The Significance of Group Supervision to Yogo Teachers in Japan

Kazuko Iwasaki, Toshiyuki Watanabe, Takeshi Tamura

Abstract


This study aimed to evaluate the significance of group supervision to Yogo teachers in Japan, who often deal with work-related problems in isolation. Like school nurses in the United States, the role of the Yogo teacher is to oversee students’ health education and management. In this study, eight Yogo teachers, each with a minimum of six years’ experience, attended six supervised group sessions in 2016. During each session, one participant presented a case, and all participants then engaged in a general exchange of opinions about the case. Following the six sessions, semi-structured interviews were conducted with the participants, and the interview data were analyzed using M-GTA (modified grounded theory approach). The results generated 14 concepts and six categories, schematizing the Yogo teachers’ change of consciousness in relation to each category. The Yogo teachers evidenced needs in the categories of “Emotional Support,” “Awareness,” “Systemic Thinking,” “Collaboration,” “Motivation Improvement,” and “Training Location.” Ultimately, the study demonstrated that supervision by family therapists improved education by enhancing Yogo teachers’ consultation abilities and systemic thinking. Yogo teachers’ participation in the group supervision resulted in the following change in consciousness: their awareness was deepened by receiving emotional support, by training with the intent to learn, and by considering the significance of collaboration. Overall, teachers experienced an increase in self-motivation. The process for “Improvement of consultation ability” also became clear. Thus, group supervision by psychiatrists and/or family therapists has a positive impact on the overall motivation and work efficacy of Yogo teachers in Japan.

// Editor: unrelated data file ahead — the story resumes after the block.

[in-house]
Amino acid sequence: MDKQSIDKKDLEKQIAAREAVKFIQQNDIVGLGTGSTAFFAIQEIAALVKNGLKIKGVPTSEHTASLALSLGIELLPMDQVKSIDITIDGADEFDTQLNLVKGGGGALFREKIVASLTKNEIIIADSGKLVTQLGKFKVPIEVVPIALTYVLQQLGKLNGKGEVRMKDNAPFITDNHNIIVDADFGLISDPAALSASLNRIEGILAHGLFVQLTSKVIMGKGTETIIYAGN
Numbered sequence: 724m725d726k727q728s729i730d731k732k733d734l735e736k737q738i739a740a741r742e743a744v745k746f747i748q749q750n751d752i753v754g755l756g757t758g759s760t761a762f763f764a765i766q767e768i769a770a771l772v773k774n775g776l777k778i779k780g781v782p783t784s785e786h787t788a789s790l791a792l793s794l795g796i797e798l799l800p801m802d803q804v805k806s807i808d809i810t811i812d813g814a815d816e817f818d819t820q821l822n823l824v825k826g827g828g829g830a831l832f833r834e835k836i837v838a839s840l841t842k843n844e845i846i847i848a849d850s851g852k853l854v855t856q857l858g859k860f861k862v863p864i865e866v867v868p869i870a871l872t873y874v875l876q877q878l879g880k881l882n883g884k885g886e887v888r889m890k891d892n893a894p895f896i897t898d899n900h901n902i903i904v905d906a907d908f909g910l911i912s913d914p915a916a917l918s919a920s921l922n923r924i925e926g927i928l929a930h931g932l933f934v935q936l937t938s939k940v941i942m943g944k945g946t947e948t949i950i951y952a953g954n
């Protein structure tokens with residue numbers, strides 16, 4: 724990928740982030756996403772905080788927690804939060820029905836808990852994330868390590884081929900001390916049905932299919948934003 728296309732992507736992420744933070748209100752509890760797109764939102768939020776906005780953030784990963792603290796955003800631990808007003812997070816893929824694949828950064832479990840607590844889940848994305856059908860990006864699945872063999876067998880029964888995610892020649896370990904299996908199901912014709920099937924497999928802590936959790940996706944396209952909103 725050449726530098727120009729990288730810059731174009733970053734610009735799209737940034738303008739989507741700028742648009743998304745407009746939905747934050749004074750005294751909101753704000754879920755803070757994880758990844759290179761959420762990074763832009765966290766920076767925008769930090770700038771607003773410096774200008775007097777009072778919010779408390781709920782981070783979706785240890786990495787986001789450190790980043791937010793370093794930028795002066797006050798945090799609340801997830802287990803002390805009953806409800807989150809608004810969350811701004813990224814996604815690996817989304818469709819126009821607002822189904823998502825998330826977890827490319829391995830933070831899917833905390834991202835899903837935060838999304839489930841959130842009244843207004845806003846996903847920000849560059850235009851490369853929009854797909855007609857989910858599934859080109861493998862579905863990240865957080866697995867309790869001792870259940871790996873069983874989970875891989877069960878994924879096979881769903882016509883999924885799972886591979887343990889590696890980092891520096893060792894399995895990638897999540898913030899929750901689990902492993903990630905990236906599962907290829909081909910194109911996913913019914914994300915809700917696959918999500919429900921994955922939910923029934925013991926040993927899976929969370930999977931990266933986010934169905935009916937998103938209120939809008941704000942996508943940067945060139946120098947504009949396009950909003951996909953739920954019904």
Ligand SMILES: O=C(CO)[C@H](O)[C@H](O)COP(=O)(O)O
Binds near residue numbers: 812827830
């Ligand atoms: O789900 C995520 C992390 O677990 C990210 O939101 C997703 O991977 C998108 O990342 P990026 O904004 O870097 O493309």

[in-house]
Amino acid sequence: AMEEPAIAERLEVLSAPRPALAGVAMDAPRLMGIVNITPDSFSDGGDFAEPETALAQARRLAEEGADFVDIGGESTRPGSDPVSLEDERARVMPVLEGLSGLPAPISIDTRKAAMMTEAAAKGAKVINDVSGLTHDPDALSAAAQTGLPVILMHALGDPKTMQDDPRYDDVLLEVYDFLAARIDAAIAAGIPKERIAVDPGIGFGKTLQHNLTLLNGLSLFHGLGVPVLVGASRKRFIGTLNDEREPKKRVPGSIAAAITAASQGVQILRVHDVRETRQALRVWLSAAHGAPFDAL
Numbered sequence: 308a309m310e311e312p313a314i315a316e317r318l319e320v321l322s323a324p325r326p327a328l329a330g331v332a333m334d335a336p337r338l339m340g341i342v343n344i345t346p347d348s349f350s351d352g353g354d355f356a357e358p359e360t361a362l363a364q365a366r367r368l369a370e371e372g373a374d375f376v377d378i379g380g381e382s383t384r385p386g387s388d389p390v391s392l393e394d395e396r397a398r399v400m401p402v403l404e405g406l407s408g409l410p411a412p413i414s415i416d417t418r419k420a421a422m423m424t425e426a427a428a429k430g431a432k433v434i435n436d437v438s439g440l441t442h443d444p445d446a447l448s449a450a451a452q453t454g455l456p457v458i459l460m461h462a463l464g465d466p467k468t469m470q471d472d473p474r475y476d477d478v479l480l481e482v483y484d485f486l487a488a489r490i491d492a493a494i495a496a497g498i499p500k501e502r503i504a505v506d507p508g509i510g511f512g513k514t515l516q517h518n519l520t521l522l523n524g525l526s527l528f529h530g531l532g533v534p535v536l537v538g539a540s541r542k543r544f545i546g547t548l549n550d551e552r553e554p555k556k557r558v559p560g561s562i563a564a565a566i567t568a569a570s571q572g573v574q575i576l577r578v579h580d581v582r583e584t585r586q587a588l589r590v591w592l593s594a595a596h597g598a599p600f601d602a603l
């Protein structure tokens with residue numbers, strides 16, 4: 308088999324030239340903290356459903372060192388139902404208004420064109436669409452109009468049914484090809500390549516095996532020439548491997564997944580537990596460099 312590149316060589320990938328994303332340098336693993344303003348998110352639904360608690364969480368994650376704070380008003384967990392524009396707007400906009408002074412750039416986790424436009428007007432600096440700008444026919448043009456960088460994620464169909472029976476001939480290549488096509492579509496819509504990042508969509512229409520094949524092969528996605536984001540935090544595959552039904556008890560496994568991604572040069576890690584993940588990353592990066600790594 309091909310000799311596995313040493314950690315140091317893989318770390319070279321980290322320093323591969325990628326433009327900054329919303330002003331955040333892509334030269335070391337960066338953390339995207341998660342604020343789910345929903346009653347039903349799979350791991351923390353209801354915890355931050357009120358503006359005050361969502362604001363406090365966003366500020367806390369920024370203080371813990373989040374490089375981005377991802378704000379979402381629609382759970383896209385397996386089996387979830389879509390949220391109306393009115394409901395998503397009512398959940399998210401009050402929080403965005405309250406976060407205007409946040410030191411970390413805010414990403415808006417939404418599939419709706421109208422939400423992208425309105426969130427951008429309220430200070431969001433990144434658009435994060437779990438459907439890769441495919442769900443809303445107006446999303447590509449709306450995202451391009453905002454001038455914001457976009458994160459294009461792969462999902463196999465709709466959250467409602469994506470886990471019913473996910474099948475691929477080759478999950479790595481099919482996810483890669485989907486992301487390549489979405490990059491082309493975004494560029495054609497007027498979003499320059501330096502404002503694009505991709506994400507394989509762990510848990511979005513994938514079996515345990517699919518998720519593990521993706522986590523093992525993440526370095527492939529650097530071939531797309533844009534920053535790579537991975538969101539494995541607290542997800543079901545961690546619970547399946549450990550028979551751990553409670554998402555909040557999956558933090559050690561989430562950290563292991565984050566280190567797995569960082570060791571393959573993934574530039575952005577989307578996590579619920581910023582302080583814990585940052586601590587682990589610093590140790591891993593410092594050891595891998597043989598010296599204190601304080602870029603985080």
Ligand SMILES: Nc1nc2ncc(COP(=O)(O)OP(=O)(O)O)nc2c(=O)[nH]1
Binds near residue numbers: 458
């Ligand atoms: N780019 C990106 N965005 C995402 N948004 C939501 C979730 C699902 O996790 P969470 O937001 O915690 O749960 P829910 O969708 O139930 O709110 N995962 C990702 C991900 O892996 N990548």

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DOI: https://doi.org/10.11114/jets.v5i9.2587

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Journal of Education and Training Studies  ISSN 2324-805X (Print)   ISSN 2324-8068 (Online)

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